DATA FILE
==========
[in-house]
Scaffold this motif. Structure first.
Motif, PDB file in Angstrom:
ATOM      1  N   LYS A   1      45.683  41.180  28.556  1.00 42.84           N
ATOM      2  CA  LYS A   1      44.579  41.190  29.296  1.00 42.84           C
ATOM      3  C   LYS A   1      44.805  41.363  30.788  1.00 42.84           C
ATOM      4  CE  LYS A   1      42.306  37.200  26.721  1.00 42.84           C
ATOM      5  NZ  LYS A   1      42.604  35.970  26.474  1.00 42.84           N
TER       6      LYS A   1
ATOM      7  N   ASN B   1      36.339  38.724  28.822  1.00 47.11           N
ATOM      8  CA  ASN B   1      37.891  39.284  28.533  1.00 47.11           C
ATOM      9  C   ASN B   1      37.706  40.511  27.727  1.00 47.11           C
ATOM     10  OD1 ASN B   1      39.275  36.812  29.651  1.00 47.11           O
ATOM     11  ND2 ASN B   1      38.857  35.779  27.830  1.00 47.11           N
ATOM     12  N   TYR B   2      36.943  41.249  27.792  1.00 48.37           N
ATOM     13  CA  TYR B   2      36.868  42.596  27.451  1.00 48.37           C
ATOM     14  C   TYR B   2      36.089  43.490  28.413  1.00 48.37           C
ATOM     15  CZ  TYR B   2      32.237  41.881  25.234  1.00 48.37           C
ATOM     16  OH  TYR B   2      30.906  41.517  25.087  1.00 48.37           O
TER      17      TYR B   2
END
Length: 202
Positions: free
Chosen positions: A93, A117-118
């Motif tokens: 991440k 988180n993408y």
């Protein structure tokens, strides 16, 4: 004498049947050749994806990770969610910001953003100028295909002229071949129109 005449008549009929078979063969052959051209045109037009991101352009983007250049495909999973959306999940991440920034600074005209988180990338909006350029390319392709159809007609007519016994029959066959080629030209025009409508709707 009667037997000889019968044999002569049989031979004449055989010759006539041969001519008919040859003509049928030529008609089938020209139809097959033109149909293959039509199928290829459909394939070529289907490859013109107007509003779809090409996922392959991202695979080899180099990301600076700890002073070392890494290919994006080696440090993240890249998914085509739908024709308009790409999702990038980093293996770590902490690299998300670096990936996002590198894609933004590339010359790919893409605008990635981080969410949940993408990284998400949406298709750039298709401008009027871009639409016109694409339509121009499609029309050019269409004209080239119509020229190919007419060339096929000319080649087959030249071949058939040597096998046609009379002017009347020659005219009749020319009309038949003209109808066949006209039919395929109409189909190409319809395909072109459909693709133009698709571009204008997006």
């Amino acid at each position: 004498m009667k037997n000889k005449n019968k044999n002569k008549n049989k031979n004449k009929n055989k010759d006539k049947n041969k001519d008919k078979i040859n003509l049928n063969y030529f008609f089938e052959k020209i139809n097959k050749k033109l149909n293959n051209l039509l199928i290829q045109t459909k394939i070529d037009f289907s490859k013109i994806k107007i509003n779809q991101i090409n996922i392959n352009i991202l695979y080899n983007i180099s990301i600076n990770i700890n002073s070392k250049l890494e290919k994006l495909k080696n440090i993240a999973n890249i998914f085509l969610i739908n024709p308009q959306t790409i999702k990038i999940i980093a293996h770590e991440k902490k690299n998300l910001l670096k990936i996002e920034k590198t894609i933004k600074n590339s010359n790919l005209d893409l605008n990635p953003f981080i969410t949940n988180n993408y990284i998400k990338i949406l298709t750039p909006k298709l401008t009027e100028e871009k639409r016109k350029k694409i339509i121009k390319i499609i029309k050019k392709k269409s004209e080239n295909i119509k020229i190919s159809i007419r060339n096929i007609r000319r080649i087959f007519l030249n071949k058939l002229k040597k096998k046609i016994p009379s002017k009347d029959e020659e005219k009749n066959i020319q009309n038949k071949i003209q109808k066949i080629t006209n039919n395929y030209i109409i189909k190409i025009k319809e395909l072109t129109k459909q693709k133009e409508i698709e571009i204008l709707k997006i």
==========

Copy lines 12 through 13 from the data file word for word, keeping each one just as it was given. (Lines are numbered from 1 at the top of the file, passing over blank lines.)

ATOM      9  C   ASN B   1      37.706  40.511  27.727  1.00 47.11           C
ATOM     10  OD1 ASN B   1      39.275  36.812  29.651  1.00 47.11           O